United States v. Stassi, 443 F. Supp. 661 (D.N.J. 1977)

US District Court for the District of New Jersey - 443 F. Supp. 661 (D.N.J. 1977)
December 19, 1977

443 F. Supp. 661 (1977)

UNITED STATES of America, Plaintiff,
James L. STASSI, Defendant.

Crim. No. 77-00077.

United States District Court, D. New Jersey.

December 19, 1977.

*662 Robert J. Del Tufo, U. S. Atty., Charles A. Matison, Sp. Atty., U. S. Dept. of Justice, Newark, N. J., for plaintiff.

Stephen Robert LaCheen, Philadelphia, Pa., for defendant.


BROTMAN, District Judge.

The defendant, James L. Stassi, was indicted by the Grand Jury for making false material declarations under oath in violation of 18 U.S.C. § 1623. The indictment charges that on June 2, 1975, the defendant, while under oath as a witness before a United States District Court, did knowingly make false material declarations while under questioning by the court at a guilty plea hearing held pursuant to Rule 11 of the Federal Rules of Criminal Procedure:

Q. Mr. Stassi, your lawyer says that you want to plead guilty to Count I of this indictment. Is that so?
A. Yes.
Q. Now, as I have told you or as you have heard, this is a crime punishable by up to five years' imprisonment or $10,000 in fines or both. Did you know that?
A. Yes, sir.
Q. Now, has anybody given you any indication or promise that if you plead guilty here today I would impose anything less than the maximum sentence upon you?
A. There was no promise made of any sort.
Q. Anybody give you any indication as to what my sentence might be?
A. No. There is no indication of any sentencing.
Q. I tell you this, Mr. Stassi. I have never discussed your case with anyone. As I sit here now I don't know what sentence I would give you and will not know until I have seen a presentence report. I tell you, further, that if anyone has given you any indication of what sentence I would give you if you plead guilty here today they are lying to you and deceiving you. Do you understand me?
A. Yes, sir.
Q. Do you believe me?
A. I believe you.
Q. I tell you now that if anyone has given you any such promise or indication, tell me now and I will listen to you. But if you wait until after I pronounce sentence and if then you are dissatisfied with my sentence and try to tell me of some promise or indication or inducement, I won't listen to you then. Do you understand me?
A. Yes, sir.
Q. Do you have anything to tell me in this regard?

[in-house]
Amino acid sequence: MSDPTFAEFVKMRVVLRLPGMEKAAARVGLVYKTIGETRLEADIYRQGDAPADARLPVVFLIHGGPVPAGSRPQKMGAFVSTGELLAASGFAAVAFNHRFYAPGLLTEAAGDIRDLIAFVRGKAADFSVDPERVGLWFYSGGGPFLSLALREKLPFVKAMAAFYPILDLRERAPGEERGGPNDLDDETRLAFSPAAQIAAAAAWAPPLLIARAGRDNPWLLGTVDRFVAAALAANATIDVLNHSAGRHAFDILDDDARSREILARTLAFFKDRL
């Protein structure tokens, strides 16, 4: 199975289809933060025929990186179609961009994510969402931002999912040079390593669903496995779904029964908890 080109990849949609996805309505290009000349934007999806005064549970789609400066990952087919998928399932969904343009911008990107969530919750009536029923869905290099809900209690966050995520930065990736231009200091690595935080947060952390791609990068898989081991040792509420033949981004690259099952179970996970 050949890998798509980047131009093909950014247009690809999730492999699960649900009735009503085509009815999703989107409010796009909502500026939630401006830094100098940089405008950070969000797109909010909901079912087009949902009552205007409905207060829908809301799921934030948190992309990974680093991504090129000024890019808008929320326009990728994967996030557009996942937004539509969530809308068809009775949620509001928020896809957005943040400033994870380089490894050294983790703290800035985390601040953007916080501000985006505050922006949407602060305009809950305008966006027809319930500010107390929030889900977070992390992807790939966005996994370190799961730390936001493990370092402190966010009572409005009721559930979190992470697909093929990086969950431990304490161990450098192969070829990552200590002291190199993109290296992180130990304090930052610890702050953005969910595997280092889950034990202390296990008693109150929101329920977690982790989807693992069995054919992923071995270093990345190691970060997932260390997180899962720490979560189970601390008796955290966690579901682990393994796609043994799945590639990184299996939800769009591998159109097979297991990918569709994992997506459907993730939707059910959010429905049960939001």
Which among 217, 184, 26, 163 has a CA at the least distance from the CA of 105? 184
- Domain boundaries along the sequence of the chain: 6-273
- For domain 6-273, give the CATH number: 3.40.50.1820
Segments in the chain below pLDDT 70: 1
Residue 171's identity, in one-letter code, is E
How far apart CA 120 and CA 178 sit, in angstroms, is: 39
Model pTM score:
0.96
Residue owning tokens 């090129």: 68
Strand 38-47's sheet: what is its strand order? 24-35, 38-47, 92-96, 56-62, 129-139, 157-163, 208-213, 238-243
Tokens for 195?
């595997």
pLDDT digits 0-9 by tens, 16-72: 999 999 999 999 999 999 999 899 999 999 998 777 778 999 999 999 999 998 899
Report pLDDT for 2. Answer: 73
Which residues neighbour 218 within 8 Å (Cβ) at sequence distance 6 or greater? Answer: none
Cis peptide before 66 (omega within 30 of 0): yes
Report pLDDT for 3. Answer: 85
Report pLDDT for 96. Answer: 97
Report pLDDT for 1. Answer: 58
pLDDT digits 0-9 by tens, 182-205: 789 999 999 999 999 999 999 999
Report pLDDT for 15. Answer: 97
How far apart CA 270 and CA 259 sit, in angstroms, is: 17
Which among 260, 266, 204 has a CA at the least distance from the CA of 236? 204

A. No.

The indictment further alleges that on June 22, 1976, while under oath in an affidavit filed with the same United States District Court the defendant did knowingly declare the following:

1. In November of 1974, I went to the Sixth Floor of the Federal Building in Newark, New Jersey, with my attorney, John Russell, Esq. We went there to listen to tapes which the government was going to use at my trial.
2. During the time I was there, Mr. Russell met with Mr. Deichert who was the government attorney in charge of my case and they had a discussion about a plea of guilty by me. After Mr. Russell talked to Mr. Deichert, he told me that if I pleaded guilty I would receive no more than two years in jail. Mr. Deichert then walked towards me and I stated "I want a suspended sentence and no fine." Mr. Deichert stated, "Judge Stern won't go for a suspended sentence but he will agree on the two years."
3. Again on June 2, 1975, the date I was supposed to go to trial, I talked with Mr. Russell and again he told me in the third floor hallway, outside Federal Courtroom No. 1, that if I pleaded guilty, I would get no more than two years. Mr. Deichert also told me that I would get a two-year sentence if I pleaded guilty on June 2, 1975. This was told to me by Mr. Deichert outside Judge Stern's courtroom.
4. At that time, Mr. Russell told me that I should say nothing about the promise *664 that I would receive no more than two years as my sentence. He told me to say "no promises" when Judge Stern questioned me about promises. I followed Mr. Russell's advice and told Judge Stern that there were no promises when he asked me about promises.
5. I am not guilty of this charge and I was persuaded to say that I was guilty by Mr. Russell's promises that I would get no more than two years and maybe less than two years. I was also persuaded to plead guilty by Mr. Deichert making the same promises to me.

The indictment concludes that the two declarations were inconsistent to the degree that one of said declarations was necessarily false and known to the defendant to be false when made.

Prior to trial both the government and the defendant waived a jury trial. After considering the evidence adduced at the trial on October 11 and 12, 1977, and the arguments and briefs of counsel, the court makes the following Findings of Fact and Conclusions of Law.

Findings of Fact

1. The defendant, James L. Stassi, pleaded guilty to one count of an indictment alleging conspiracy to sell illegal firearms, 18 U.S.C. § 922(a) (1) and 18 U.S.C. § 371, in return for dismissal of the other count alleging the sale of firearms, 18 U.S.C. § 922(a) (1).

2. The Assistant U. S. Attorney, James M. Deichert, never made any agreement, promise, or prediction to the defendant or his counsel concerning the length of sentence which might be imposed if defendant pleaded guilty.[1]

3. John P. Russell, attorney for the defendant at the Rule 11 proceeding, never promised the defendant that, as a result of a plea bargain, he would definitely receive no more than two (2) years' imprisonment if he pleaded guilty. Instead, Mr. Russell, based on his experience as an attorney, predicted to the defendant that he could expect to receive a two (2) year prison term on his plea of guilty.